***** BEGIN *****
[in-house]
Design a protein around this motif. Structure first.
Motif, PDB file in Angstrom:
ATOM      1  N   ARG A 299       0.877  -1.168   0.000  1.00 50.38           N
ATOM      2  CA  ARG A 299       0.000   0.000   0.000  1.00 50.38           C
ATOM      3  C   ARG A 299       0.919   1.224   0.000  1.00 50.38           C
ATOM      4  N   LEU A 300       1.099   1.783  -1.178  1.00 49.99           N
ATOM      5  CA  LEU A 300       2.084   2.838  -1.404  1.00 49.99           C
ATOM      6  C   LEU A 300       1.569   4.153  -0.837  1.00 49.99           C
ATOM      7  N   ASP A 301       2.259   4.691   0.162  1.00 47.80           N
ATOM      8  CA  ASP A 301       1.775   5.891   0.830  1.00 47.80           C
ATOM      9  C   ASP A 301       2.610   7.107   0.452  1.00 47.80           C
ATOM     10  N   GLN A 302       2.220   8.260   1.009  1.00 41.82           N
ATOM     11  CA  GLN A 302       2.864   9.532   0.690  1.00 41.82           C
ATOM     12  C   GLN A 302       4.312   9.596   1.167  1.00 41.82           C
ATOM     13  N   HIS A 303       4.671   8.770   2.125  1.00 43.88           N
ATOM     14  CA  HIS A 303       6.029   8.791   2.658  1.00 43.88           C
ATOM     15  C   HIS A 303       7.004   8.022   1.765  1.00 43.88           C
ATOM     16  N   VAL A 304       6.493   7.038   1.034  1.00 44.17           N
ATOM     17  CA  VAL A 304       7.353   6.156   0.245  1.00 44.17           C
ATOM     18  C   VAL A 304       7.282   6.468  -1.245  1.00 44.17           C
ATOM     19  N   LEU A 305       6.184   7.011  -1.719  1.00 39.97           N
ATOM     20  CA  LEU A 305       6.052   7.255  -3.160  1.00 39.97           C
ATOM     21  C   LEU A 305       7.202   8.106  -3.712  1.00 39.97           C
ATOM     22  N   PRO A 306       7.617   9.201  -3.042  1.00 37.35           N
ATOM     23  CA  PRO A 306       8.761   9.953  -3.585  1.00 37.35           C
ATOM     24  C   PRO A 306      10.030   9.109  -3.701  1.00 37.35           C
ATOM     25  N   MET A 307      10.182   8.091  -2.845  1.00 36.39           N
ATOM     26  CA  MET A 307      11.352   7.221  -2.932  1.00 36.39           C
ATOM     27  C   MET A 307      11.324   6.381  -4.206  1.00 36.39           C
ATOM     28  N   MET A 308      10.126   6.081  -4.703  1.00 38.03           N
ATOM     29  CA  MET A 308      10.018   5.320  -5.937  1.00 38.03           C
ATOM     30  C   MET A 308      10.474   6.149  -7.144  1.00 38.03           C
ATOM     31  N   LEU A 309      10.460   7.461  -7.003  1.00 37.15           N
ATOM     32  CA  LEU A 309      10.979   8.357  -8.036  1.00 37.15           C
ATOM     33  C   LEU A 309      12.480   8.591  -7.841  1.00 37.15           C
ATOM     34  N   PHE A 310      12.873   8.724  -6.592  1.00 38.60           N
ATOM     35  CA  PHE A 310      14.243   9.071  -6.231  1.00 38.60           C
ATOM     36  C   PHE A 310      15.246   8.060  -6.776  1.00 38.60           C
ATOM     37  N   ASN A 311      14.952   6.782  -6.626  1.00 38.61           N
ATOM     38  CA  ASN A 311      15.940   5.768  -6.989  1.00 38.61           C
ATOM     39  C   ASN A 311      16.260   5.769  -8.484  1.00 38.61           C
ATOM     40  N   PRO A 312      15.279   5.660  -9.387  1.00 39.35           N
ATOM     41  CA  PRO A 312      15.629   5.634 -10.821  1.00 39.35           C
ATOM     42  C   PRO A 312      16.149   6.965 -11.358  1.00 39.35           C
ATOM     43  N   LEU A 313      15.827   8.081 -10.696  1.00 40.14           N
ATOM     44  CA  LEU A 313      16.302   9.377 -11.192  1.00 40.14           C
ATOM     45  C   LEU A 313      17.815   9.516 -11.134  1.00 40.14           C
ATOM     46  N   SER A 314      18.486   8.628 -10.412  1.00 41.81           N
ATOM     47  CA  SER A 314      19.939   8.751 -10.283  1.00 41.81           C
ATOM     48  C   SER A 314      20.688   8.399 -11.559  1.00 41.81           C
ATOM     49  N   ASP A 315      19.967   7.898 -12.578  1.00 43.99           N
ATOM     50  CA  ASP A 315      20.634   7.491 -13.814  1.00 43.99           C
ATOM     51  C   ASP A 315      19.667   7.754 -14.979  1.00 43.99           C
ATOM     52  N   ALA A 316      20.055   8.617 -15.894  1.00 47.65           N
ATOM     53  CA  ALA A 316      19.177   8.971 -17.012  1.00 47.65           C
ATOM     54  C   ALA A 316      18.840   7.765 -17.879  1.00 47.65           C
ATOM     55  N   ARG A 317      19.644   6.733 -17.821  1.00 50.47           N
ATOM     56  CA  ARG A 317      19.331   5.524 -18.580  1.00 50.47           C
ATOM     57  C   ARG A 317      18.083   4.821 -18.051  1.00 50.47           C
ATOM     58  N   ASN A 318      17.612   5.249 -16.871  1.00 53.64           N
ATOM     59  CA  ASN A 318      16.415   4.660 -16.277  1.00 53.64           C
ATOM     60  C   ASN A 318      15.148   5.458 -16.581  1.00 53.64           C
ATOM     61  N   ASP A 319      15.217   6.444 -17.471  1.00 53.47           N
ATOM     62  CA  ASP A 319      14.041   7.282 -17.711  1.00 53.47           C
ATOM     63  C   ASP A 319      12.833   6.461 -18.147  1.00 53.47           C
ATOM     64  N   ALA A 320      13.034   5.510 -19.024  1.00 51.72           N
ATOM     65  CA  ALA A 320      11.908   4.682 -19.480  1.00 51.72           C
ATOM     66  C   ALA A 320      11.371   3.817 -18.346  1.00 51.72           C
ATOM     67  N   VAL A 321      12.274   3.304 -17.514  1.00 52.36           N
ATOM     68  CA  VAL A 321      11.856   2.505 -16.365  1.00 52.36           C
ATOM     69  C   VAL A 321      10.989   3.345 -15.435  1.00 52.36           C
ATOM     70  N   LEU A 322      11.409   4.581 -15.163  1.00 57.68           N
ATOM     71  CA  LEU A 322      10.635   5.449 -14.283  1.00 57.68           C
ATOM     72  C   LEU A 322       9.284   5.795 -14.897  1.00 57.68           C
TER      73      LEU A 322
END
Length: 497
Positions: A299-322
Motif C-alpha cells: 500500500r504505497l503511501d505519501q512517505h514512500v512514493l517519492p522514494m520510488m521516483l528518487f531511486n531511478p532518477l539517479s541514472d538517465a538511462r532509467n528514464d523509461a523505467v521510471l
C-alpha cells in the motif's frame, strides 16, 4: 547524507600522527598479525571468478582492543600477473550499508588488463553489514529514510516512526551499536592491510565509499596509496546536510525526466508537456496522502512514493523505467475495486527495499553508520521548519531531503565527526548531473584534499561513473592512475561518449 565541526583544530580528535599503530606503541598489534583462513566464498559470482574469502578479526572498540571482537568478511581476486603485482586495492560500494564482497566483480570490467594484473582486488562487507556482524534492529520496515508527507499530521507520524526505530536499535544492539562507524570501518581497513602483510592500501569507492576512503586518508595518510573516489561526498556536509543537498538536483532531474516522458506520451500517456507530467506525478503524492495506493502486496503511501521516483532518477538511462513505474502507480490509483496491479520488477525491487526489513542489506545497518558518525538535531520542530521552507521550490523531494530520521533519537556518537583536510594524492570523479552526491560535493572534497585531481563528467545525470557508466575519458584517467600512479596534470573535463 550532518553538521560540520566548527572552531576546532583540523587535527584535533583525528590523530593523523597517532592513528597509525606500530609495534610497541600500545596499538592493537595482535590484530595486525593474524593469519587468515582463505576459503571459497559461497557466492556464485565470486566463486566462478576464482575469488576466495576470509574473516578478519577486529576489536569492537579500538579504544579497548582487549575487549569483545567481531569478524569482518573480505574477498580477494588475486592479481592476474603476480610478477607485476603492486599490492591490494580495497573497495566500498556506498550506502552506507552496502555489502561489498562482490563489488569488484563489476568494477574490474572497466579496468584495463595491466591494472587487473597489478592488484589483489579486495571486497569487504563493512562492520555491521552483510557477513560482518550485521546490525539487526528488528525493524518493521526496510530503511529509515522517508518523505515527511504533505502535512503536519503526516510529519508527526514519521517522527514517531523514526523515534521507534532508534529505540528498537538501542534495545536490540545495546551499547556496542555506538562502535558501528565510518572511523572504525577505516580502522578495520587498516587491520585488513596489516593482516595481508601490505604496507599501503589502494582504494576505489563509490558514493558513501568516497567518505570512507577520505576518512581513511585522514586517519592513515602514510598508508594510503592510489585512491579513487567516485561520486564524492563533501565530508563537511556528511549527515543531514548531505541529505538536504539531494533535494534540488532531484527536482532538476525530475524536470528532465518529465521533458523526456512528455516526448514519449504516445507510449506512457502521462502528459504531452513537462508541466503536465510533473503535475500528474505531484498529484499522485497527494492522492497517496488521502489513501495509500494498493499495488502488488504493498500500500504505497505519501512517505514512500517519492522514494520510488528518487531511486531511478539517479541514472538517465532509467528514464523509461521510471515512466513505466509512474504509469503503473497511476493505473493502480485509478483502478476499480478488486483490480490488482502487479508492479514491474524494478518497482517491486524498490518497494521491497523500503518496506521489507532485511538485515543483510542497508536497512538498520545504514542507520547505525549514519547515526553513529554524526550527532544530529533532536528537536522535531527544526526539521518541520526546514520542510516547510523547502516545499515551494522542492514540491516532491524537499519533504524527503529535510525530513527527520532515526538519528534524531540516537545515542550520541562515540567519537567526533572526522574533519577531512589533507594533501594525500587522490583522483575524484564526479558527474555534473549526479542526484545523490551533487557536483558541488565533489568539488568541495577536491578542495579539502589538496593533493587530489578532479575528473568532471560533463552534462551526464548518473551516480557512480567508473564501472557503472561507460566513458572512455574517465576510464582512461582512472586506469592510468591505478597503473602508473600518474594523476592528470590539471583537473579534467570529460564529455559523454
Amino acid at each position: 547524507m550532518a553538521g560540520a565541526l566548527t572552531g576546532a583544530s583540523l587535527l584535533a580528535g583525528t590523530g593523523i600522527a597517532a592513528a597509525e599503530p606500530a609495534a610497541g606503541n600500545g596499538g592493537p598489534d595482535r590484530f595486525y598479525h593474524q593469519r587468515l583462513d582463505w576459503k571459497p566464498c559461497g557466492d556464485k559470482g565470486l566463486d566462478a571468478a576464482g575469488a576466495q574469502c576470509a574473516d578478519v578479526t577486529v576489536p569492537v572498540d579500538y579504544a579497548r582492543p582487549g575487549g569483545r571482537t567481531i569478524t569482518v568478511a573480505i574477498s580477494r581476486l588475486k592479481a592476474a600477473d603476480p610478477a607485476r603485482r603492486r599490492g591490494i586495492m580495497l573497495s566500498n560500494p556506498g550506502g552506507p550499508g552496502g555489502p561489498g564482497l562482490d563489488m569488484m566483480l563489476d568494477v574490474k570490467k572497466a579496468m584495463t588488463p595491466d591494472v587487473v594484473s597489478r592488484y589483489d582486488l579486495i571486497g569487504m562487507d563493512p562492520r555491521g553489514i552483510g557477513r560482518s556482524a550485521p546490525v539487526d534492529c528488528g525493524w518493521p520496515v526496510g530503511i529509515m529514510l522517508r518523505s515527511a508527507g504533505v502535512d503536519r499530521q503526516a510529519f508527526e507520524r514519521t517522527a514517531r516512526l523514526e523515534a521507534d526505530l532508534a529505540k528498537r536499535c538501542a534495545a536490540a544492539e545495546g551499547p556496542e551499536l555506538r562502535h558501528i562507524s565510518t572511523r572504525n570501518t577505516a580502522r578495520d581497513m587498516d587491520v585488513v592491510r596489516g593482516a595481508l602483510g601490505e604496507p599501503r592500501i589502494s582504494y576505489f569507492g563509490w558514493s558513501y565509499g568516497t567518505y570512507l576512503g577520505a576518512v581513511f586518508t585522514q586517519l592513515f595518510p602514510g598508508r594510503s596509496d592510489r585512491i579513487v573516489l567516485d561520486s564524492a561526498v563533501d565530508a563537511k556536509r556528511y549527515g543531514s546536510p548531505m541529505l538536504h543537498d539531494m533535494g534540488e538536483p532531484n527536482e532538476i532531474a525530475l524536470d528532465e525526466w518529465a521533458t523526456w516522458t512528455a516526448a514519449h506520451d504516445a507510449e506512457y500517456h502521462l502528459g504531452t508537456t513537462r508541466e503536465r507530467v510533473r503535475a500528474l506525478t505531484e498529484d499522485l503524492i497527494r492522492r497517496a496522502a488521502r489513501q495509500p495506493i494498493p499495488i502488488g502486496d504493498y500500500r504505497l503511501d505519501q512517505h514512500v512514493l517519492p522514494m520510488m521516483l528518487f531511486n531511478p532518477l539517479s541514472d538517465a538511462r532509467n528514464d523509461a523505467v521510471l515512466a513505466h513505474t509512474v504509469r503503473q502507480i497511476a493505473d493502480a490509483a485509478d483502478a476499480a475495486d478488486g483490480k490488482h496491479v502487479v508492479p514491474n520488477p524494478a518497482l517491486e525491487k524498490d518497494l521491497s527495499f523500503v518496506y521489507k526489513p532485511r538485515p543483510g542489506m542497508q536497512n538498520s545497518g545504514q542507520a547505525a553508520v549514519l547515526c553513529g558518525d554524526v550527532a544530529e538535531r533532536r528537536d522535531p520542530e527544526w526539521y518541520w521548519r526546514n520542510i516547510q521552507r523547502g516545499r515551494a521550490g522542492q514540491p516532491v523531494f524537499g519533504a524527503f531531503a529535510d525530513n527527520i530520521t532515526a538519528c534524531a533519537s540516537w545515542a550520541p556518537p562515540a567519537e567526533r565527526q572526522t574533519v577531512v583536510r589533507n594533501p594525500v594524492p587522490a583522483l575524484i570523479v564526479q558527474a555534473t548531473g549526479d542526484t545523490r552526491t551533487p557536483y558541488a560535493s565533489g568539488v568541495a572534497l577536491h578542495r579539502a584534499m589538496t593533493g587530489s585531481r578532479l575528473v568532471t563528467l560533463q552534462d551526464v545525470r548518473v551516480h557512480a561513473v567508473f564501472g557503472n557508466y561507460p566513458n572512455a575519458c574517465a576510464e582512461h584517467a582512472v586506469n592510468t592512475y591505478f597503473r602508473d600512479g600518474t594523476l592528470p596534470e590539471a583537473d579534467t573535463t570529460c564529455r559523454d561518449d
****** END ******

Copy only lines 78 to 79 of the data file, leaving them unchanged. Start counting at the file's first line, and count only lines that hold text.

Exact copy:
Length: 497
Positions: A299-322